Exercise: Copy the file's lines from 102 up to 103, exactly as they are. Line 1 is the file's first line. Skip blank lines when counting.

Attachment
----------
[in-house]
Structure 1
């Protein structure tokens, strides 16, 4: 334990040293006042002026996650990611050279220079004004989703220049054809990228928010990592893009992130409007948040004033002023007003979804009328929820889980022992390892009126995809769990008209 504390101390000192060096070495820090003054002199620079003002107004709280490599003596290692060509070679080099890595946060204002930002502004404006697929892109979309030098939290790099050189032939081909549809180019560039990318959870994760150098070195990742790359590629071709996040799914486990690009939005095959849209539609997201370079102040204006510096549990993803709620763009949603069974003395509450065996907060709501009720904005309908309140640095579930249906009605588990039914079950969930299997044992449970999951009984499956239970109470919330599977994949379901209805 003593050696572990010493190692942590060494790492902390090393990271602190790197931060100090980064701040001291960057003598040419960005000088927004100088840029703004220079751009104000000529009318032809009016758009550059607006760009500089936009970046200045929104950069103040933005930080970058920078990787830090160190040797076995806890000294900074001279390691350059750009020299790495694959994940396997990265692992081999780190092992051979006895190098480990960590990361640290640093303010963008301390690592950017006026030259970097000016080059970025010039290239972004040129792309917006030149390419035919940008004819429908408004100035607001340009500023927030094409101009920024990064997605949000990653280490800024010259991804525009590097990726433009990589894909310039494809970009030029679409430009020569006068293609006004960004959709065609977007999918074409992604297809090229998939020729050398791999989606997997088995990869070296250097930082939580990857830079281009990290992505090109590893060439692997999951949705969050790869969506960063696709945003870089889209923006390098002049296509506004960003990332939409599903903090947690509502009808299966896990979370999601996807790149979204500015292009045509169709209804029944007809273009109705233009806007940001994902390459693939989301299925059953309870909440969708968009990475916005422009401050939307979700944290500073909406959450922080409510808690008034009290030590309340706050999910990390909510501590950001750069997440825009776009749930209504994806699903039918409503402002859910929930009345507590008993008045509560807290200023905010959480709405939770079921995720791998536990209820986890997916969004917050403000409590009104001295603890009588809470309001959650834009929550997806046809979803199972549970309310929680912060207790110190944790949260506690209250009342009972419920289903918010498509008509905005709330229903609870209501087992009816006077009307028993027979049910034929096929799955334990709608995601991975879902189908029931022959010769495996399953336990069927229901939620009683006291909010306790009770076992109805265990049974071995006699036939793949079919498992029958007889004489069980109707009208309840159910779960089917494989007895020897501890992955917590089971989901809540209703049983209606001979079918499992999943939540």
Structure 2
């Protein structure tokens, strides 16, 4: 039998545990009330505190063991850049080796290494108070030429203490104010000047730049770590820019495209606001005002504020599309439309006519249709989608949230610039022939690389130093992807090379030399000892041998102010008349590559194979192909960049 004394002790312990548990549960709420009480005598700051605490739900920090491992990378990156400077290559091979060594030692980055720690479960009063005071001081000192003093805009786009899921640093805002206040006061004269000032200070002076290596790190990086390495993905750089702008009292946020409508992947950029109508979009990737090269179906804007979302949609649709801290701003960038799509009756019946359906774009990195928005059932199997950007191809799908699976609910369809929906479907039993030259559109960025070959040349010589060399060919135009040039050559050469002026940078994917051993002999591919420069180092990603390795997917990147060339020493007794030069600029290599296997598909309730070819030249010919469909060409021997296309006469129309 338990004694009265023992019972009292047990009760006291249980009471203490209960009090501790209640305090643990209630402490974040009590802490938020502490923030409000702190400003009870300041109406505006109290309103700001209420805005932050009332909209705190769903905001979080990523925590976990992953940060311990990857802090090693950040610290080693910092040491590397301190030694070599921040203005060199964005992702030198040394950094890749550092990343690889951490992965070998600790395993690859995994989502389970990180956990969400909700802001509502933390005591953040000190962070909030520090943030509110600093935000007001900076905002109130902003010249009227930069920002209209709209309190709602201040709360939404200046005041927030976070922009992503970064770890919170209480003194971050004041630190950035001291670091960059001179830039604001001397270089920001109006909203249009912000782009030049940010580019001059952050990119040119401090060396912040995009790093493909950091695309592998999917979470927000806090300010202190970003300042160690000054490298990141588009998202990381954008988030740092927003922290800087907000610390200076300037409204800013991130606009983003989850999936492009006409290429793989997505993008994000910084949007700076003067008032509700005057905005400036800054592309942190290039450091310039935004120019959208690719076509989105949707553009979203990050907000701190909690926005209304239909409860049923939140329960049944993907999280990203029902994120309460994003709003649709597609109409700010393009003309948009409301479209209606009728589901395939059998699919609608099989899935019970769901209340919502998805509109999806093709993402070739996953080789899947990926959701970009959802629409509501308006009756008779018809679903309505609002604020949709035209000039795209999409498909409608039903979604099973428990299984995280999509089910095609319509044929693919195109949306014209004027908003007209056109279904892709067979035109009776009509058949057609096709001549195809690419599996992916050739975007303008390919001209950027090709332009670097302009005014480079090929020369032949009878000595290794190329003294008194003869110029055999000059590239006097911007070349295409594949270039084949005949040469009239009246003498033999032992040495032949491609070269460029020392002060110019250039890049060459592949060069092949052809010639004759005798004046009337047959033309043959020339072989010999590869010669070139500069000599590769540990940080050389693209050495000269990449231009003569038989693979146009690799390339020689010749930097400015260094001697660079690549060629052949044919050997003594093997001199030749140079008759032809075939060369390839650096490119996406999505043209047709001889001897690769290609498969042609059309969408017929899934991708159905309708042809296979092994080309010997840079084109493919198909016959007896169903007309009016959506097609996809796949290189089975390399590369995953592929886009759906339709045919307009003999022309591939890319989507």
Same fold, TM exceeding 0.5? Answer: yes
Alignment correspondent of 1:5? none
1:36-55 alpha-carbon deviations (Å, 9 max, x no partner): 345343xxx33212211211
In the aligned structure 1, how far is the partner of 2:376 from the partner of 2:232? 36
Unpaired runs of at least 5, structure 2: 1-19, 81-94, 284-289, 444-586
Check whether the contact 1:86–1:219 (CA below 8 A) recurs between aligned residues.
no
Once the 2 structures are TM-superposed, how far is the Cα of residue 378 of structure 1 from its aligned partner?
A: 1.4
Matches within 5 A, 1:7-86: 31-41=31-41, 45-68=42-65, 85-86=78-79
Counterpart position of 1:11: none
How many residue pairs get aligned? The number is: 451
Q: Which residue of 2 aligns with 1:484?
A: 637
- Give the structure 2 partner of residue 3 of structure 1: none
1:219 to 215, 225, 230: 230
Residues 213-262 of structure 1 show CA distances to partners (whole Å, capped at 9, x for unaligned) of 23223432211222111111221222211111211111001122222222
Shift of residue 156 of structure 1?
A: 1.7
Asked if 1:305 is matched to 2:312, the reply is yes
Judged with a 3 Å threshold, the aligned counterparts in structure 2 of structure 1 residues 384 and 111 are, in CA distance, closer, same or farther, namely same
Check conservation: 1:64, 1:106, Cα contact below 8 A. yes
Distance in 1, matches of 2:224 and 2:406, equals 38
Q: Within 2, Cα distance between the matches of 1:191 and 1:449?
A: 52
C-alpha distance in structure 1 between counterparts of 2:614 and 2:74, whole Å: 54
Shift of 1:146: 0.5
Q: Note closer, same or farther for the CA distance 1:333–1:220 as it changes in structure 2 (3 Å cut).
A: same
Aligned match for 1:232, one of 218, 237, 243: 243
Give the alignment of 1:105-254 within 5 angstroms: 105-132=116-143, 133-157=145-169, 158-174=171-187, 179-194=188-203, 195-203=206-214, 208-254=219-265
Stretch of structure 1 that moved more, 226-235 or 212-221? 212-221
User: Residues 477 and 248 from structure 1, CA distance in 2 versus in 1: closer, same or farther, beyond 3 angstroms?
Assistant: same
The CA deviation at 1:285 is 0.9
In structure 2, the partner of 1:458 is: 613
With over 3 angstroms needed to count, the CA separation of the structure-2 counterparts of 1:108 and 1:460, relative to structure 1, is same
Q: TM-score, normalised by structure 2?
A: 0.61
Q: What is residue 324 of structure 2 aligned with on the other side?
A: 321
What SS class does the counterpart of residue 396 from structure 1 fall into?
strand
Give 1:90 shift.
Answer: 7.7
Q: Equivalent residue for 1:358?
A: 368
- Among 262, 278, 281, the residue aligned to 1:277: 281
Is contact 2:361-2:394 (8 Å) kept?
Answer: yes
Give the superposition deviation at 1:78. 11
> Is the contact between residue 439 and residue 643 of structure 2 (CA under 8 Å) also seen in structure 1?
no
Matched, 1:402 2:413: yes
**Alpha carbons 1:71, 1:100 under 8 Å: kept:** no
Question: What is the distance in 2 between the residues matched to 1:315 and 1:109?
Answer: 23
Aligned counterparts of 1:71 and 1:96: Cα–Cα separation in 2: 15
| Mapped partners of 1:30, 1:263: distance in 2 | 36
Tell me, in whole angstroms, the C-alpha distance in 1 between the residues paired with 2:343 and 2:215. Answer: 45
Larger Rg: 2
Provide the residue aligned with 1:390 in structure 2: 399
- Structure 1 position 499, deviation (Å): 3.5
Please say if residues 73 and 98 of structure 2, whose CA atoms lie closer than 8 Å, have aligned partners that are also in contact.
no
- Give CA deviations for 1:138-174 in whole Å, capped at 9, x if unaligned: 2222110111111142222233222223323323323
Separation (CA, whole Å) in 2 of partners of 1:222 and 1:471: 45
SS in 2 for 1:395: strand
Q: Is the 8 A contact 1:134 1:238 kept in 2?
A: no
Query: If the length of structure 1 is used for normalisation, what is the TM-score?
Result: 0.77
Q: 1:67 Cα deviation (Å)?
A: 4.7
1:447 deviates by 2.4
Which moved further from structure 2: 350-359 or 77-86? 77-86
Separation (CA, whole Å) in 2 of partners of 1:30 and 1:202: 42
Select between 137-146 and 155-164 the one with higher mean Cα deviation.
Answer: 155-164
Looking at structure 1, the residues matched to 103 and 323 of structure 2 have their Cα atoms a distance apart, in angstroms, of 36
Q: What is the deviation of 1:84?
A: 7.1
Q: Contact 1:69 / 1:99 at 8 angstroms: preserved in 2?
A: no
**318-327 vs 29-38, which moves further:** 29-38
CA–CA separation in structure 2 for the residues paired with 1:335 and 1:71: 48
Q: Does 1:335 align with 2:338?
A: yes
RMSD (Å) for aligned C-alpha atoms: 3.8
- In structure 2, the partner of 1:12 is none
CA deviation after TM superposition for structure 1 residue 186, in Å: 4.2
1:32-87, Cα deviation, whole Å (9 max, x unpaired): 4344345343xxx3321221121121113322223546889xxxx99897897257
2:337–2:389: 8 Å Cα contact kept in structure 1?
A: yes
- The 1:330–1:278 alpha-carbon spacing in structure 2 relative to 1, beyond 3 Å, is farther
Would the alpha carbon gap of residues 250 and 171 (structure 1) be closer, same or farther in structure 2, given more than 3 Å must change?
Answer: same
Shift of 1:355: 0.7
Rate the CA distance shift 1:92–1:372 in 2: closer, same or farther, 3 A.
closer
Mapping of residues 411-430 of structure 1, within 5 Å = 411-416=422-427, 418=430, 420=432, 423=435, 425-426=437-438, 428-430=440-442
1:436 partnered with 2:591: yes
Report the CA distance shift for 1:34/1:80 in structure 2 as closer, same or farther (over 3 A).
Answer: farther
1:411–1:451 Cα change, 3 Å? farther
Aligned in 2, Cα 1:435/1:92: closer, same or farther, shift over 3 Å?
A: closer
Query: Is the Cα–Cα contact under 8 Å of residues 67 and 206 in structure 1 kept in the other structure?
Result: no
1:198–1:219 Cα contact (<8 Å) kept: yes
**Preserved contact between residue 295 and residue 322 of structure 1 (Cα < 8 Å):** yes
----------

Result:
Answer: same
Shift of 1:355: 0.7